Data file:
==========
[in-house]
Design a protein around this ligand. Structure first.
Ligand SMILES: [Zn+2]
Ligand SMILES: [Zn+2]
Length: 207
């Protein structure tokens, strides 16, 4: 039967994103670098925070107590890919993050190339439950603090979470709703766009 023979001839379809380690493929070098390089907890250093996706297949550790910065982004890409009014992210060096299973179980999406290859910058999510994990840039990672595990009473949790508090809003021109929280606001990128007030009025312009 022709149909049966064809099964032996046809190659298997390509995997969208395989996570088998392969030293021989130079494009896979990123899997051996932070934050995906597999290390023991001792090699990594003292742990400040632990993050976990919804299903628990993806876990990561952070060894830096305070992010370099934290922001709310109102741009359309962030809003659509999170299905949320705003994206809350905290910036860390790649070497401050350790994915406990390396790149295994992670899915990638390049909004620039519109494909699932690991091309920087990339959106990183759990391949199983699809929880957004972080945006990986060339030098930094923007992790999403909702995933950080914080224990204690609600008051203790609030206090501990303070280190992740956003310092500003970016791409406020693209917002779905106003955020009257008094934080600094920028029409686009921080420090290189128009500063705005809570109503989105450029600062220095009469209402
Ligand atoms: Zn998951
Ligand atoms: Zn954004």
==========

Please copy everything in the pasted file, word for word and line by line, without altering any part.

[in-house]
Design a protein around this ligand. Structure first.
Ligand SMILES: [Zn+2]
Ligand SMILES: [Zn+2]
Length: 207
């Protein structure tokens, strides 16, 4: 039967994103670098925070107590890919993050190339439950603090979470709703766009 023979001839379809380690493929070098390089907890250093996706297949550790910065982004890409009014992210060096299973179980999406290859910058999510994990840039990672595990009473949790508090809003021109929280606001990128007030009025312009 022709149909049966064809099964032996046809190659298997390509995997969208395989996570088998392969030293021989130079494009896979990123899997051996932070934050995906597999290390023991001792090699990594003292742990400040632990993050976990919804299903628990993806876990990561952070060894830096305070992010370099934290922001709310109102741009359309962030809003659509999170299905949320705003994206809350905290910036860390790649070497401050350790994915406990390396790149295994992670899915990638390049909004620039519109494909699932690991091309920087990339959106990183759990391949199983699809929880957004972080945006990986060339030098930094923007992790999403909702995933950080914080224990204690609600008051203790609030206090501990303070280190992740956003310092500003970016791409406020693209917002779905106003955020009257008094934080600094920028029409686009921080420090290189128009500063705005809570109503989105450029600062220095009469209402
Ligand atoms: Zn998951
Ligand atoms: Zn954004």